Course Hero. "The Handmaid's Tale Study Guide." Course Hero. 28 July 2016. Web. 15 May 2021. <https://www.coursehero.com/lit/The-Handmaids-Tale/>.
Course Hero. (2016, July 28). The Handmaid's Tale Study Guide. In Course Hero. Retrieved May 15, 2021, from https://www.coursehero.com/lit/The-Handmaids-Tale/
(Course Hero, 2016)
Course Hero. "The Handmaid's Tale Study Guide." July 28, 2016. Accessed May 15, 2021. https://www.coursehero.com/lit/The-Handmaids-Tale/.
Course Hero, "The Handmaid's Tale Study Guide," July 28, 2016, accessed May 15, 2021, https://www.coursehero.com/lit/The-Handmaids-Tale/.
It is night, and although the narrator must stay still and quiet in her bed, she can wander in her thoughts. She first chooses a college memory of studying, wearing makeup, and going out for a drink with her friend Moira. Then she chooses a childhood memory of going to a park with her mother, where a crowd is gathered to burn pornographic magazines. As she watches the magazine photos burning, her recollection becomes disjointed and confused. In the memory, time is lost—years. She thinks she must have been restrained and drugged, and when she is conscious again, her daughter has been taken away. She is told she is unfit, and there are new people taking care of her child. She is shown a photograph of her daughter wearing a long white dress.
The chapter ends as the narrator describes her life as being both like and unlike a story. It is like a story in that she is narrating events; it is unlike a story in that she cannot control the ending and there is no real life to return to afterward. She also makes the distinction that she must tell the story, not write it, and that there must be an audience, even if it is only an invented you.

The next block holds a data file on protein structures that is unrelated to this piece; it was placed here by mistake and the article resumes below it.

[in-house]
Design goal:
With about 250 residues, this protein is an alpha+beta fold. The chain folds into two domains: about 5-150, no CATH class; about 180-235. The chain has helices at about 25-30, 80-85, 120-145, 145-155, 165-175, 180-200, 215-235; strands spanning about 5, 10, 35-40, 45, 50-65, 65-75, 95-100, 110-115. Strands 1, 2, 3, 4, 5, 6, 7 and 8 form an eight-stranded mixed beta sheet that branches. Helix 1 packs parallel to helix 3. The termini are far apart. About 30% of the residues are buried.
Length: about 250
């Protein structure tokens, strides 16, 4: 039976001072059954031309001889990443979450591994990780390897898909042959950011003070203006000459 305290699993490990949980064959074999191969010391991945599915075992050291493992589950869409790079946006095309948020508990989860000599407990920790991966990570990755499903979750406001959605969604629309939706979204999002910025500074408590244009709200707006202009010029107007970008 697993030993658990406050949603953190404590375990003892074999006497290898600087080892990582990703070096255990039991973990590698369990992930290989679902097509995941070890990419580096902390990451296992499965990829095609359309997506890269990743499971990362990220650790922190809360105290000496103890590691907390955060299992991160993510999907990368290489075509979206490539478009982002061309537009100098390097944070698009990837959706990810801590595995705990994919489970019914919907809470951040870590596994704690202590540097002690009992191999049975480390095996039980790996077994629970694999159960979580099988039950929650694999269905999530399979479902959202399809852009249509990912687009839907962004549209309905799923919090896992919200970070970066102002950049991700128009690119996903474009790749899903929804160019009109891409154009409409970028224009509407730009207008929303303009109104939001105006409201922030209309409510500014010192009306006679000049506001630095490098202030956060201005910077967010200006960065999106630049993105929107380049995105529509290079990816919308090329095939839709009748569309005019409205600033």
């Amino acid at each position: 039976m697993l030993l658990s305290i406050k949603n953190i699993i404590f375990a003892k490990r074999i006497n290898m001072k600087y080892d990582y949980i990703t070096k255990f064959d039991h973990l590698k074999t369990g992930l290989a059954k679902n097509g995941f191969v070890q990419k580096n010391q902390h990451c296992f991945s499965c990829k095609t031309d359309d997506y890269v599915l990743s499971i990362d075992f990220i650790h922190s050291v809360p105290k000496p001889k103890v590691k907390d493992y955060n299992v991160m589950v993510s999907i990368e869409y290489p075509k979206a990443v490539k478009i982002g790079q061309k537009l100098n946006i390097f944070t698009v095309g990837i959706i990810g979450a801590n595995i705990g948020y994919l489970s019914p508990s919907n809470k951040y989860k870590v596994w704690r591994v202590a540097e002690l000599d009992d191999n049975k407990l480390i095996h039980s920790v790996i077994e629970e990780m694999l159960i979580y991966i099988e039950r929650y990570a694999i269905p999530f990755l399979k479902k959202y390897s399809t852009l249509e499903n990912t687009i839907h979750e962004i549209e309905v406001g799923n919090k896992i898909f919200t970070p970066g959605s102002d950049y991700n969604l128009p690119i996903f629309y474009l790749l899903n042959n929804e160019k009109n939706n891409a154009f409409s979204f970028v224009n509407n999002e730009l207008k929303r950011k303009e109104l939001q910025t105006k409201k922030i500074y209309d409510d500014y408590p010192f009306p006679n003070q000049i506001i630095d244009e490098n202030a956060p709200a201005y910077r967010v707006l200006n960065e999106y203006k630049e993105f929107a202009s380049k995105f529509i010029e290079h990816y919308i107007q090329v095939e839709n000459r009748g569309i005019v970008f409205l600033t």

The narrator experiences a kind of liberty of choice by revisiting memories in her mind. She finds refuge in her memory of Moira. She revisits her mother, even though, as a child, she does not quite understand that her mother's feminist group is burning pornographic magazines. However, these happier memories are hijacked by a gap in memory and followed by the terrible memory of losing her daughter. Does she really have the liberty to go where she will, even in her mind? It seems that the answer may be no. She is captive to her terrible memories.
The narrator addresses this issue in the final paragraphs of the chapter. "If it's a story I'm telling, then I have control over the ending. ... It isn't a story I'm telling." Yet she acknowledges she is telling a story: "It's also a story I'm telling in my head, as I go along." On the one hand, she must face the reality of her story to maintain her identity, but on the other hand, she must control the way the narrative moves through these events. This small amount of control protects her from the madness that may result in facing the entire terrible reality at one time.